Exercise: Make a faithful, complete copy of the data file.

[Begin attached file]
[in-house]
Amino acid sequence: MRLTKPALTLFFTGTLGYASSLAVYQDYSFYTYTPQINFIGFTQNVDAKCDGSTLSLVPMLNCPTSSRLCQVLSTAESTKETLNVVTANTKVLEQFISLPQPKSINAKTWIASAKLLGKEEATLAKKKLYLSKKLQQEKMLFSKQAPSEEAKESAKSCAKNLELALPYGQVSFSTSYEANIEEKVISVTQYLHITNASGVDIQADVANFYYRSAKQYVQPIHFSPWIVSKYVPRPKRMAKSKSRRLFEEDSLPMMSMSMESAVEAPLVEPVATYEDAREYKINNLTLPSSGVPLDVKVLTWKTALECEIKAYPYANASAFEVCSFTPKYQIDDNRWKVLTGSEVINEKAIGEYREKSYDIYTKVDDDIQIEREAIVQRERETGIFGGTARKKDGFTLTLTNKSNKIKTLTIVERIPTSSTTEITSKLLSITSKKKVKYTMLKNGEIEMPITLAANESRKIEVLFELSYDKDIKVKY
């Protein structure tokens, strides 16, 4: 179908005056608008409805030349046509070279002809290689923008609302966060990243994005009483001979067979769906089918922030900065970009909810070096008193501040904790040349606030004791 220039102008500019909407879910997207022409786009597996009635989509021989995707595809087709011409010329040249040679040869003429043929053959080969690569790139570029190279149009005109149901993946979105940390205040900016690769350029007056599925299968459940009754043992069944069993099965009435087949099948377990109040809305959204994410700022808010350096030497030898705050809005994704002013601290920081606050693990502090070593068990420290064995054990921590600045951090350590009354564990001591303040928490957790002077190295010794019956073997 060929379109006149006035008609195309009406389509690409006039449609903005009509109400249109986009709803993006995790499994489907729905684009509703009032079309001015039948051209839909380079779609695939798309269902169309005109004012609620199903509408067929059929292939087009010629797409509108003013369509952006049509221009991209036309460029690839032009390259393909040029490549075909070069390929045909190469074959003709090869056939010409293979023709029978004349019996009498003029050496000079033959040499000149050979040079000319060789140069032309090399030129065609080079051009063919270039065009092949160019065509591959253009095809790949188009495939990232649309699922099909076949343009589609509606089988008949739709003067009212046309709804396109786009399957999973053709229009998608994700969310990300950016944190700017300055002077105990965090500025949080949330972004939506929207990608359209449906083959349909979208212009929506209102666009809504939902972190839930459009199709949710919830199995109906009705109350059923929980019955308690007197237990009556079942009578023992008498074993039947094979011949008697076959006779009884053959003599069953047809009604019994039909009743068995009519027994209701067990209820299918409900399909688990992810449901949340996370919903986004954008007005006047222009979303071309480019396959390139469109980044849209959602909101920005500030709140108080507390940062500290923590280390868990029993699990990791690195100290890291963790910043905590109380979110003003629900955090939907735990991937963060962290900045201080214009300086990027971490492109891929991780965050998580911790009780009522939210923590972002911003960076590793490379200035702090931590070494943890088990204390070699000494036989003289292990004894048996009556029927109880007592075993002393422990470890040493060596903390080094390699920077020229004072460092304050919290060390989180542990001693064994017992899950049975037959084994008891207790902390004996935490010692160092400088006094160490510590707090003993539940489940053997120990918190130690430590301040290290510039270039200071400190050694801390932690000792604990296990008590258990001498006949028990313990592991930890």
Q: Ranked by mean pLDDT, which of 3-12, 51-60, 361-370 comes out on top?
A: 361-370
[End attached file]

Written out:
[in-house]
Amino acid sequence: MRLTKPALTLFFTGTLGYASSLAVYQDYSFYTYTPQINFIGFTQNVDAKCDGSTLSLVPMLNCPTSSRLCQVLSTAESTKETLNVVTANTKVLEQFISLPQPKSINAKTWIASAKLLGKEEATLAKKKLYLSKKLQQEKMLFSKQAPSEEAKESAKSCAKNLELALPYGQVSFSTSYEANIEEKVISVTQYLHITNASGVDIQADVANFYYRSAKQYVQPIHFSPWIVSKYVPRPKRMAKSKSRRLFEEDSLPMMSMSMESAVEAPLVEPVATYEDAREYKINNLTLPSSGVPLDVKVLTWKTALECEIKAYPYANASAFEVCSFTPKYQIDDNRWKVLTGSEVINEKAIGEYREKSYDIYTKVDDDIQIEREAIVQRERETGIFGGTARKKDGFTLTLTNKSNKIKTLTIVERIPTSSTTEITSKLLSITSKKKVKYTMLKNGEIEMPITLAANESRKIEVLFELSYDKDIKVKY
């Protein structure tokens, strides 16, 4: 179908005056608008409805030349046509070279002809290689923008609302966060990243994005009483001979067979769906089918922030900065970009909810070096008193501040904790040349606030004791 220039102008500019909407879910997207022409786009597996009635989509021989995707595809087709011409010329040249040679040869003429043929053959080969690569790139570029190279149009005109149901993946979105940390205040900016690769350029007056599925299968459940009754043992069944069993099965009435087949099948377990109040809305959204994410700022808010350096030497030898705050809005994704002013601290920081606050693990502090070593068990420290064995054990921590600045951090350590009354564990001591303040928490957790002077190295010794019956073997 060929379109006149006035008609195309009406389509690409006039449609903005009509109400249109986009709803993006995790499994489907729905684009509703009032079309001015039948051209839909380079779609695939798309269902169309005109004012609620199903509408067929059929292939087009010629797409509108003013369509952006049509221009991209036309460029690839032009390259393909040029490549075909070069390929045909190469074959003709090869056939010409293979023709029978004349019996009498003029050496000079033959040499000149050979040079000319060789140069032309090399030129065609080079051009063919270039065009092949160019065509591959253009095809790949188009495939990232649309699922099909076949343009589609509606089988008949739709003067009212046309709804396109786009399957999973053709229009998608994700969310990300950016944190700017300055002077105990965090500025949080949330972004939506929207990608359209449906083959349909979208212009929506209102666009809504939902972190839930459009199709949710919830199995109906009705109350059923929980019955308690007197237990009556079942009578023992008498074993039947094979011949008697076959006779009884053959003599069953047809009604019994039909009743068995009519027994209701067990209820299918409900399909688990992810449901949340996370919903986004954008007005006047222009979303071309480019396959390139469109980044849209959602909101920005500030709140108080507390940062500290923590280390868990029993699990990791690195100290890291963790910043905590109380979110003003629900955090939907735990991937963060962290900045201080214009300086990027971490492109891929991780965050998580911790009780009522939210923590972002911003960076590793490379200035702090931590070494943890088990204390070699000494036989003289292990004894048996009556029927109880007592075993002393422990470890040493060596903390080094390699920077020229004072460092304050919290060390989180542990001693064994017992899950049975037959084994008891207790902390004996935490010692160092400088006094160490510590707090003993539940489940053997120990918190130690430590301040290290510039270039200071400190050694801390932690000792604990296990008590258990001498006949028990313990592991930890």
Q: Ranked by mean pLDDT, which of 3-12, 51-60, 361-370 comes out on top?
A: 361-370